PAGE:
Working from home can boost productivity and retention rates - a new report suggests half of managerial and administrative work will be carried out at home by 2010. Alison Boyle reports
Days of cramming onto crowded trains or facing the rush hour traffic could all be coming to an end.
The RAC Foundation is to publish a wide-ranging independent review next month, `Motoring towards 2050', which is expected to show that a growth in the number of people working from home will reduce travel congestion by over 45%.
Last month, a survey by Employers for Work-Life Balance, commissioned by Lloyd's TSB, found employers are increasingly demanding flexible working. Couple these and commuters could be cashing in season tickets very soon.
A number of insurers have already embraced the idea of staff working from home and have seen productivity and retention rates soar. But is this likely to be a growing trend for the industry?
Numerous studies have been conducted into homeworking and teleworking. The Labour Force Survey estimates there are nearly 1.6 million people, or about 6% of the workforce, that fall under the definition of `teleworker'. This is anyone who did at least one day's work at home or used the home as a base and say they could not have done so without a telephone or computer.
According to a report commissioned by the Economic and Social Research Council, by 2010, nearly half of managerial and administrative work is likely to be undertaken at home.
Royal & SunAlliance (R&SA) made the headlines late last year with news it was to close 12 regional offices of Property and Casualty Services (PCS). It said the network of 300 loss adjusters would now work from home.
R&SA currently has between 1,600 and 2,000 full time homeworkers, mostly working as motor engineers, claim advisers or loss adjusters.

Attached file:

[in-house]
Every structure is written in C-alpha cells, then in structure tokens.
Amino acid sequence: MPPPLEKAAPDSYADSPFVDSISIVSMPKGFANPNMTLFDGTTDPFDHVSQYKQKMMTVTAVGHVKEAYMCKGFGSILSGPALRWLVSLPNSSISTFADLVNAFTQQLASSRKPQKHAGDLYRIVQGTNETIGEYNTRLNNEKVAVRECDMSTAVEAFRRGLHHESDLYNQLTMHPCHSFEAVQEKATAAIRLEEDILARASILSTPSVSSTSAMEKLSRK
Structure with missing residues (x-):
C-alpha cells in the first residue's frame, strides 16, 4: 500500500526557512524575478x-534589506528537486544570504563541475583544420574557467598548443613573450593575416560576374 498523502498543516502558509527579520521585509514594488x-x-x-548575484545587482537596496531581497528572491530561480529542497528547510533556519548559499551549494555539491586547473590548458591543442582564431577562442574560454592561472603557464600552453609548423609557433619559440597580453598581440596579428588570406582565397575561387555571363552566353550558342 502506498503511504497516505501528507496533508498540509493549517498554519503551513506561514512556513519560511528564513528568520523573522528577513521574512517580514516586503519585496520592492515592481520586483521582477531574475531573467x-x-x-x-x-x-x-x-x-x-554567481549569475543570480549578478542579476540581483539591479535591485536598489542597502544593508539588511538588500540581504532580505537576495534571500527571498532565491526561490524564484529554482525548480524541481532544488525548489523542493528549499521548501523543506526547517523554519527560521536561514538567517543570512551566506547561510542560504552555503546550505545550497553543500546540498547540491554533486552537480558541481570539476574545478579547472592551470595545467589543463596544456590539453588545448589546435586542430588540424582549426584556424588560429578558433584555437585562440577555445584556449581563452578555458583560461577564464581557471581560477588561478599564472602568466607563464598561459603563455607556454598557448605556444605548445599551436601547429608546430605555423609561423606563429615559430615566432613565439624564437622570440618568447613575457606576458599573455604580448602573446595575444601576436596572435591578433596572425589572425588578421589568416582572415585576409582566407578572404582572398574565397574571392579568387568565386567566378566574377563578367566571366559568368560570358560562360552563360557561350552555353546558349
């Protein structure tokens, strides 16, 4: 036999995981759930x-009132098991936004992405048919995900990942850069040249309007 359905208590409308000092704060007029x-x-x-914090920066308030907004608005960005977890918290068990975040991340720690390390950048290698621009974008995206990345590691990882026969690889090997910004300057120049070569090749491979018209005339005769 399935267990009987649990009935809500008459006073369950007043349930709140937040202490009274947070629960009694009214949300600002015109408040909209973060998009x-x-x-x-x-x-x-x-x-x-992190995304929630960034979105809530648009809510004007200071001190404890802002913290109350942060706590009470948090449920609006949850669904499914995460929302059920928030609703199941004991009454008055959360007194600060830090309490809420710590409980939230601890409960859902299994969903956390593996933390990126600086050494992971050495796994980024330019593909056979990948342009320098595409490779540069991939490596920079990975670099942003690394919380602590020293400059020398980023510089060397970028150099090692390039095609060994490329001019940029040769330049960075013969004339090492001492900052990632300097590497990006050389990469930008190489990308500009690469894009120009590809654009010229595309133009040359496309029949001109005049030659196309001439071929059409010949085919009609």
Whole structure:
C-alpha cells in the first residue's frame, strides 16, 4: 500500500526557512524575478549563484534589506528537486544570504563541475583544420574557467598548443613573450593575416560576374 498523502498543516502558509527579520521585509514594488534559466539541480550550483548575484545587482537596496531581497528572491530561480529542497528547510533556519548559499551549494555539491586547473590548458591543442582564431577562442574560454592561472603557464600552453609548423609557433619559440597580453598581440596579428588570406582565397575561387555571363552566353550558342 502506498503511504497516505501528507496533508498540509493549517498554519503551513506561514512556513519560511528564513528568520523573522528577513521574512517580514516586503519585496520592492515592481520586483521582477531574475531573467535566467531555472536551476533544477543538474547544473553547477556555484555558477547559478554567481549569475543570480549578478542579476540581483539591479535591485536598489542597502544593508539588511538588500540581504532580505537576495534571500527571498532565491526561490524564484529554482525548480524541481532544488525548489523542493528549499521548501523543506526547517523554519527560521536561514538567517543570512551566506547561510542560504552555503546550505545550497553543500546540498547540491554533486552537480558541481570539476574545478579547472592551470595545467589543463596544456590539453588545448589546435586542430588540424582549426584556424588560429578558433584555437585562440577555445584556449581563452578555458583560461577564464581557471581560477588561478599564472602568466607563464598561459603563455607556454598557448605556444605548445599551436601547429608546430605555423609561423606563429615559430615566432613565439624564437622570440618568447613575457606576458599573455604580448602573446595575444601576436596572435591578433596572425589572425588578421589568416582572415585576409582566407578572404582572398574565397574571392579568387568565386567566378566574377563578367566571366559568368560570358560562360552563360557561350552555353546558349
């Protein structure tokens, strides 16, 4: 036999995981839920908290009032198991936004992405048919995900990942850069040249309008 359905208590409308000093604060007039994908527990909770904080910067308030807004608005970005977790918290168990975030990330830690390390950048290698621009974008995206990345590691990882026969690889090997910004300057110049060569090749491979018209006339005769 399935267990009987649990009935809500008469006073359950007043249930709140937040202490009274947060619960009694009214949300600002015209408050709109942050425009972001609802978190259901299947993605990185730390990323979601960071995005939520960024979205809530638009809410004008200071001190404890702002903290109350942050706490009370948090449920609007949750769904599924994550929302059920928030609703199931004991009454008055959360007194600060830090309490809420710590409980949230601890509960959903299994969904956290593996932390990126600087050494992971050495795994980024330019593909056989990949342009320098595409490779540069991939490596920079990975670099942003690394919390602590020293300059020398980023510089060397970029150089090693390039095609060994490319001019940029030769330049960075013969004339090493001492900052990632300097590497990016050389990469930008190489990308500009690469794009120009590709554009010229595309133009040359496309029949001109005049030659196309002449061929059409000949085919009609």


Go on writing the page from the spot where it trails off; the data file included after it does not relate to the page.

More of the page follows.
R&SA claims advisers regional manager Lynn Greenwood says the number of homeworkers has increased in recent years.
"We were finding that a great number of field staff were travelling into the office and going back out again virtually passing their own homes. They were neither office-based nor home-based," she says.
The system has saved the company money because of the low-cost advantages of having staff work from home, but Greenwood says there are other benefits.
"It allows the company to have a broad geographical spread in areas where it would be unsuitable for it to have an office. Also field staff are spared the stress of commuting, especially as their job involves a great deal of travelling."
The stress of commuting is likely to play a large part in people's desire to work from home. A survey conducted by Mori last year looked at stress levels in the workplace and found that 41% of workers rate travel as the most annoying aspect of the job.
The survey also discovered that of the office workers who cannot currently work from home, two in five would seriously consider moving jobs and over a quarter would take a cut in salary in order to be able to do so.
Churchill Insurance won Most Innovative Working Practice award for its homeworking scheme at the Financial Innovation Awards last year. The company says the scheme, which went live in March 2000 after a four-month trial, was started as a business need and also for the added bonus of offering greater flexibility to its staff.
The flexibility seems to be working; the company reported that results from a test phase confirmed people working at home were 15% more productive. It reports that its retention rates have been extremely high.
Churchill's 100 homeworkers deal with customers' car insurance claims and general inquiries.
Churchill head of operations Charles Breslin says: "Not everyone is suitable for homeworking and staff need to be quite flexible. There is also the isolation factor. We manage this by making sure they have social interaction with other Churchill staff and that they are part of email groups. Also they are invited to social events each month."
Another issue is health and safety. R&SA's Greenwood says companies have to follow the same health and safety guidelines for home staff as they would for people working in the office. There is an annual home environment review and employers are encouraged to carry out their own ongoing health and safety checks.
If there is an accident or equipment is stolen or damaged, homeworkers are covered under their employers' insurance. However, they are told to inform household insurers that they are now working from home in case their policies need to be changed. Most homeworkers receive insurance discounts, because the risk of fire and theft reduces with greater occupancy.